City Press Debate – Power and the Public Protector: John Jeffery

2013-05-14 10:00

Members in the justice committee must question what the Public Protector spends on, writes John Jeffery

The recent, much-publicised engagement between Public Protector Thuli Madonsela and the justice and constitutional development portfolio committee

of the National Assembly took place as part of the consideration of the justice department’s 2013 budget.

The Public Protector’s budget forms part of the justice budget.

The process entails a presentation by the office of the Public Protector on how they intend spending the money allocated to them, their strategic plan for the next three years as well as some detail on their activities in the past financial year.

This is part of the committee’s oversight function. At the end of the process, the committee will table a report, for adoption in the National Assembly, which will contain the committee’s views and concerns regarding the budgets and strategic plans of all the entities falling under the justice budget.

Although the committee can propose the budget be rejected, any concerns or other recommendations listed in the report are not enforceable. Our concern as a portfolio committee, across party lines, is whether the money allocated from the national fiscus will be well spent. Funding for the Public

Protector has increased significantly, from R86.5?million in 2008/09 to R199?million for the current financial year. This year’s increase is at a time when most organs of state are having to take budget cuts.

But the Public Protector feels her allocation is insufficient. She is asking for an additional R97?million this year.

As the Public Protector does not have enough investigators, the committee has been looking at the types of cases the Public Protector investigates.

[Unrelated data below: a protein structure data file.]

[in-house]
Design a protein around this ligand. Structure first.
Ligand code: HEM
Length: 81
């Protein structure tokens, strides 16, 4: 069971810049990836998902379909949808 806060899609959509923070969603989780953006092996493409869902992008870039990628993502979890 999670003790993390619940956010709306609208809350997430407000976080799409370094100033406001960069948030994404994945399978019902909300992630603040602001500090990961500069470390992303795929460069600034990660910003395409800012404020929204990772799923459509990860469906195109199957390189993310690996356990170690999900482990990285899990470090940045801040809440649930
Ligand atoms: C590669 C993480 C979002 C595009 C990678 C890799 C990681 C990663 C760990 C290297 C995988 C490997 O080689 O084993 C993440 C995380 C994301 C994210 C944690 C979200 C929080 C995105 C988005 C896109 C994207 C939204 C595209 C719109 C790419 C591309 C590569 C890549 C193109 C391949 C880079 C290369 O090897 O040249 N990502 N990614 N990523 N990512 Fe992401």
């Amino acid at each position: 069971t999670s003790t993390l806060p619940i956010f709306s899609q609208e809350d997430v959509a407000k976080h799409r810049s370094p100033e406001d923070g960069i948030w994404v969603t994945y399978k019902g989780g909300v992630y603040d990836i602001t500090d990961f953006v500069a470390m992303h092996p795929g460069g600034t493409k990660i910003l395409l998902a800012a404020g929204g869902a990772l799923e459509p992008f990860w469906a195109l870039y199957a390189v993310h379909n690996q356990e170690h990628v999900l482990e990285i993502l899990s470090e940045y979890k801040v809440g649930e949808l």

The committee was concerned that the Public Protector was dealing with a large number of complaints relating to delayed court appeals.

This appears to be in conflict with the statutory prohibition on investigating the performance of judicial functions by any court of law, a concern raised in particular by the DA’s Dene Smuts.

In addition, myself and other members of the committee have been asking whether it is the best use of resources, given the demands on the office of the Public Protector, to investigate matters that could be resolved elsewhere, such as complaints by disaffected public servants.

I accept that, in terms of the statutory powers granted to the Public Protector, she may investigate such matters, but I am concerned it would be better for these matters to be dealt with by the Commission for Conciliation, Mediation and Arbitration or the Labour Court.

The Public Protector Act specifically allows the Public Protector to refuse to investigate a matter if the person prejudiced falls under the Public Service Act and has not exhausted the remedies conferred in that act.

The concern is that valuable resources are being wasted while complainants embark on forum shopping, trying to find some or other entity that will give them a favourable response.

There is a dispute between Ms Madonsela and the committee regarding the nature of the oversight that the committee can perform.

Section 181 of the Constitution states that the chapter nine institutions (of which the Public Protector is one) are independent, must be impartial, and must exercise their powers and perform their functions without fear, favour or prejudice – which I support.

But section 181 also states that these institutions are accountable to the National Assembly. I believe this does entitle us to ask questions, such as whether it is the best use of resources to investigate particular matters, specifically labour disputes, and even whether completed investigations are value for money.

Obviously, comments on current investigations would not be appropriate. We cannot accept that the Public Protector can present her report, and ask for more millions to spend as she wishes, without being able to question how she is spending what she has already been given.

Lastly, let me reiterate that the Public Protector has a crucial role to play. The ANC members of the justice committee are generally satisfied with the Public Protector’s performance and have regularly expressed this view in the committee.

Indeed, the establishment of an independent Public Protector “with wide powers to investigate complaints against members of the public service and other holders of public office; and to investigate allegations of corruption, abuse of their powers, rudeness and maladministration” was a central part of the ANC’s constitutional proposals in the early 1990s. This is still the position.

The concerns or criticisms raised are not intended to interfere with the independence or impartiality of the Public Protector. Rather, they’re intended to ensure the public gets the best possible service from her.

»?Jeffery is an ANC member of the justice and constitutional development portfolio committee in the National Assembly. He writes in his personal capacity

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